Peripheries of Belonging: Military Recruitment and the Making of a ‘Minority’ in Wartime Iraq

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First World War Studies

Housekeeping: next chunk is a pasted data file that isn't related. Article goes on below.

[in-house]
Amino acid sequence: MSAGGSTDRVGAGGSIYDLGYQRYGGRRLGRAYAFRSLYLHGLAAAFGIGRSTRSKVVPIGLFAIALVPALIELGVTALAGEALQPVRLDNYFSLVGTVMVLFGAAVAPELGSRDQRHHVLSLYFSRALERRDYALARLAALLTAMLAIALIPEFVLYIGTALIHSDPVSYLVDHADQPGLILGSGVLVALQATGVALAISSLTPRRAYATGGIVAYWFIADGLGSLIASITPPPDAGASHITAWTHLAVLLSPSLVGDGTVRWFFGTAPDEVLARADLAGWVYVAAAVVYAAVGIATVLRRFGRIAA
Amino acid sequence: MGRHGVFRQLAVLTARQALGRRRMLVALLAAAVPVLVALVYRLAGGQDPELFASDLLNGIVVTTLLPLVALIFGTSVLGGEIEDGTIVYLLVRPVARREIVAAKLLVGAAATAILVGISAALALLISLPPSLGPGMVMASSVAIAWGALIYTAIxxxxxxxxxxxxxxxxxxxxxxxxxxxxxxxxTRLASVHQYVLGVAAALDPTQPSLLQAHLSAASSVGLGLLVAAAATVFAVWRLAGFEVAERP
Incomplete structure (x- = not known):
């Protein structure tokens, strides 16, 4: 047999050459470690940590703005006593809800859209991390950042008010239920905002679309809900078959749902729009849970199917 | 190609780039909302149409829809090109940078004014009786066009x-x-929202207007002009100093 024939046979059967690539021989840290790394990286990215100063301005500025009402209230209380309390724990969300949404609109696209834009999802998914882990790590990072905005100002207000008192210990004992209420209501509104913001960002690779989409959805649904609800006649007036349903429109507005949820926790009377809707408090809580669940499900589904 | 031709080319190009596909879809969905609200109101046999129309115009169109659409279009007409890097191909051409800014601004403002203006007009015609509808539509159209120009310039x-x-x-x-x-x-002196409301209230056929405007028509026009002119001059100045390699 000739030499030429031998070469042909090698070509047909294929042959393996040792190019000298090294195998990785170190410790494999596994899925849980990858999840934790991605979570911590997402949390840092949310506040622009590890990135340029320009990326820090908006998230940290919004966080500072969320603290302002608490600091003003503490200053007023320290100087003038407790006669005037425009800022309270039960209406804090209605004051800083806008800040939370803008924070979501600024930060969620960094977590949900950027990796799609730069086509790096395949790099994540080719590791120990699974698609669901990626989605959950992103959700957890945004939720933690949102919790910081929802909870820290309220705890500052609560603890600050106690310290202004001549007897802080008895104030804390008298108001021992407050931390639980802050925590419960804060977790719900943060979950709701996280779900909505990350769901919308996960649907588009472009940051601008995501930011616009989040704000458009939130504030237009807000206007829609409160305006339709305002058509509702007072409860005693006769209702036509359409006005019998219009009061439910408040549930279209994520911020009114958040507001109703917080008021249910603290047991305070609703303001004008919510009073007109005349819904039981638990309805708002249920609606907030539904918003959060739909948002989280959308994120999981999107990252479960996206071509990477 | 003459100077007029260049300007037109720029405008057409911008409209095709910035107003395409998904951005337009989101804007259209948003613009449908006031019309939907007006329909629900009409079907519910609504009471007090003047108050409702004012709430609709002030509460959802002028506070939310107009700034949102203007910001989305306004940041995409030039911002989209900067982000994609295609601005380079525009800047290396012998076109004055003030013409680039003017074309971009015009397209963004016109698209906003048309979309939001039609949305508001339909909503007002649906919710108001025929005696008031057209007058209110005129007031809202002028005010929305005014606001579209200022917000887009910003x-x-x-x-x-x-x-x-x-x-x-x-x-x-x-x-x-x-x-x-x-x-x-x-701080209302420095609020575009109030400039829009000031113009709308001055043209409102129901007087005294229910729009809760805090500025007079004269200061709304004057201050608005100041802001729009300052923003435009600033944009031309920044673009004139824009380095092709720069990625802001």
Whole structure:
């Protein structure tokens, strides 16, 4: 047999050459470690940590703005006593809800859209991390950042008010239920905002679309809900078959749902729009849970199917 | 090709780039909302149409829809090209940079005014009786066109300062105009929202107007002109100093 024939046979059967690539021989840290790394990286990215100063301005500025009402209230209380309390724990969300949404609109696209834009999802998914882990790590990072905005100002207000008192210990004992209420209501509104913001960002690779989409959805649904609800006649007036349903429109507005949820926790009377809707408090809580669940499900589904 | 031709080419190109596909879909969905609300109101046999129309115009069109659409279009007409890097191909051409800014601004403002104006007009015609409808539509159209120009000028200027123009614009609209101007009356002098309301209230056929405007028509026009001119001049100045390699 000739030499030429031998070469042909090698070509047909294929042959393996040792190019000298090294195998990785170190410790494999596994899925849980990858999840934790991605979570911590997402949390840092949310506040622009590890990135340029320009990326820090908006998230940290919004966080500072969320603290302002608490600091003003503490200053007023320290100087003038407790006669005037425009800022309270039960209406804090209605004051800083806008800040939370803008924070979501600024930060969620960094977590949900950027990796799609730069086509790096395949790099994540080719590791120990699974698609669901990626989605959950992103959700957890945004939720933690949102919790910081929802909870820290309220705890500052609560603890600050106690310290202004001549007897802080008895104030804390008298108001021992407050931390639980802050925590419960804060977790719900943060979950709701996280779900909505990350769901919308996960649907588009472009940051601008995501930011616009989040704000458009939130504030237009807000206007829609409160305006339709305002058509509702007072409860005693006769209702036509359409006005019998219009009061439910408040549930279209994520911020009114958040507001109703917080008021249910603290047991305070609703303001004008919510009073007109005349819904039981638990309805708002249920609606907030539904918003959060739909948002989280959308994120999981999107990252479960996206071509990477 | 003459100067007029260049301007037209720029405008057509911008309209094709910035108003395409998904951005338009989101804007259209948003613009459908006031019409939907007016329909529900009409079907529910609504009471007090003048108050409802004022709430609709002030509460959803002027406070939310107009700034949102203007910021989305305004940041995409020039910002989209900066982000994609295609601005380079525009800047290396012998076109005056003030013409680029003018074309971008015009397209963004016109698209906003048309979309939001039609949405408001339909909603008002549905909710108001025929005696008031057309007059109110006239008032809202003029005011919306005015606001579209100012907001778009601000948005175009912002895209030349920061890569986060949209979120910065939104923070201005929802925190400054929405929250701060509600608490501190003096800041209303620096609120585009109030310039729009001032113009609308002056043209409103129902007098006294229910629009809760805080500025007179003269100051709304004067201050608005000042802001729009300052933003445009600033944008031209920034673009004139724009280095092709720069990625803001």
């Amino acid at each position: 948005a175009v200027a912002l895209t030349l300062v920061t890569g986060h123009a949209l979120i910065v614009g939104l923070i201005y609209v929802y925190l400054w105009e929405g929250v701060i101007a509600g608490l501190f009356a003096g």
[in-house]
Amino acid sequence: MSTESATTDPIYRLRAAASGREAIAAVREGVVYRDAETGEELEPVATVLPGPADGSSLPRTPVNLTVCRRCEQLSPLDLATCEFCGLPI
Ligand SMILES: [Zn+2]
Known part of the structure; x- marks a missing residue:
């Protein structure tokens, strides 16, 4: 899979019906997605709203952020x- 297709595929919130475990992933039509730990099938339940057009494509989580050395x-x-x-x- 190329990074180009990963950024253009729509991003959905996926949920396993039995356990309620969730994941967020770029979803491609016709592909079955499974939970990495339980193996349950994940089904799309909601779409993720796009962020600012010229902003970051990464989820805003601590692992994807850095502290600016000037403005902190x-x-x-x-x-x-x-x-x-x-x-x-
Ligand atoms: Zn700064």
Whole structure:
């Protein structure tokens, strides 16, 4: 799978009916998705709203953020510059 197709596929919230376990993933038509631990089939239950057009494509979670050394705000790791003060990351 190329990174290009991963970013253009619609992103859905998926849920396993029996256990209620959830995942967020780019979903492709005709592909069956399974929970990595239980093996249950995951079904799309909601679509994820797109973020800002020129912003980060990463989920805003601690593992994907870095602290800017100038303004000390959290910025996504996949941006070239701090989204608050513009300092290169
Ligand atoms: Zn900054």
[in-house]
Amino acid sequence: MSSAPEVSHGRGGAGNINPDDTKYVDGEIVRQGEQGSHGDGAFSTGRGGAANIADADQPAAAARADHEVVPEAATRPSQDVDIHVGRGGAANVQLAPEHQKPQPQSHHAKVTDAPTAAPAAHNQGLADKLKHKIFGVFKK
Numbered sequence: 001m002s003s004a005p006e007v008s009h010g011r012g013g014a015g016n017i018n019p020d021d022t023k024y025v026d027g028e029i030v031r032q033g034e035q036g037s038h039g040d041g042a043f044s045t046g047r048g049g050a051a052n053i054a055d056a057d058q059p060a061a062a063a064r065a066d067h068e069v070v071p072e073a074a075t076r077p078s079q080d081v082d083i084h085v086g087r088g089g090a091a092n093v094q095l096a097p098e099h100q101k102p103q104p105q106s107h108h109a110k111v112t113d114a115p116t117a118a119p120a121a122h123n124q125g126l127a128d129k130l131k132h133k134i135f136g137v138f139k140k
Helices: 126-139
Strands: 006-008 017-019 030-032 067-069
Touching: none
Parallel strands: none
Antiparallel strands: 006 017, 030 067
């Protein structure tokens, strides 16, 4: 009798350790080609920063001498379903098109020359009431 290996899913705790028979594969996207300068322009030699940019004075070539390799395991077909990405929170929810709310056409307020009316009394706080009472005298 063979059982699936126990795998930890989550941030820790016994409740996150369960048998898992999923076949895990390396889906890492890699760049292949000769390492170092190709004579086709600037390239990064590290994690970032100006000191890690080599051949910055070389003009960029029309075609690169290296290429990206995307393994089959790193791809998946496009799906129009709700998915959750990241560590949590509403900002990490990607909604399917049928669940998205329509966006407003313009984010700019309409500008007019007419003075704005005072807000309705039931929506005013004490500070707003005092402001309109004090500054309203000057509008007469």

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In the hinterlands of Mesopotamia in 1915, facing the daunting task of securing the province of Basra and advancing towards Baghdad, British officials charged with the success of the Mesopotamian campaign began to cast around for ways to strengthen their position colonial apparatus there. This tactic permanently stamped Assyrian refugees as protégées of the colonial state and created increasingly hostile feeling between them and the mainly Arab Iraqi government and army. Ethnically based military recruitment of refugees during the war thus contributed substantially to the international legitimization of British and League control over post-war Iraq as well as shaping a deleterious relationship between Assyrian communities and the emerging Iraqi state. against the Ottoman army. A British Indian army officer stationed in Nasiriyya hit upon the idea of recruiting local tribesmen for the purposes of ‘reconnoitering’. Falling somewhere between a military and a police force, these ‘Levies’ quickly expanded into an important arm of the British military operation in Mesopotamia, encompassing thousands of men by 1919. In the immediate post-war era, following a major anti-colonial revolt, the British saw an opportunity to remake the Levies as a force separate from the emerging Iraqi Arab army whose primary task would be to protect British interests in the new mandate state. They began to incorporate Assyrian refugees from the Turkish and Iranian borderlands into these previously mostly Arab informal forces and use them to put down Kurdish and Arab resistance to British rule, particularly in the northern reaches of the country. By the late 1920s the Levies were entirely Assyrian, and Assyrians had become a target of anti-imperial invective among Arab and Kurdish activists agitating against the imposition of a British mandate state. This wartime and post-war recruitment of Assyrians in the eastern reaches of the Ottoman Empire created the conditions for a long-term military partnership between the Assyrians and the British, and the consequent re-invention of the Assyrian community as a beleaguered ethnic ‘minority’ in a majority Arab Iraqi state. The British had already tried out the idea of minority military recruitment in other imperial contexts, deliberately isolating ethno-religious communities in order to produce dependencies, create reliable sources of manpower and fracture emerging anti-colonial nationalisms. In Iraq, military recruitment of Assyrians did all these things and something more important as well: it helped to create and sustain a concept of a threatened ethnic ‘minority’ whose existence and needs could be invoked to legitimize an ongoing British presence in Iraq. During a territorial dispute with Turkey over Mosul in 1924, British officials sought to convince the League to attach Mosul to mandatory Iraq partly by painting the Assyrians as a ‘minority’ in need of protection in the region, while simultaneously assigning the Levies responsibility for the security of the



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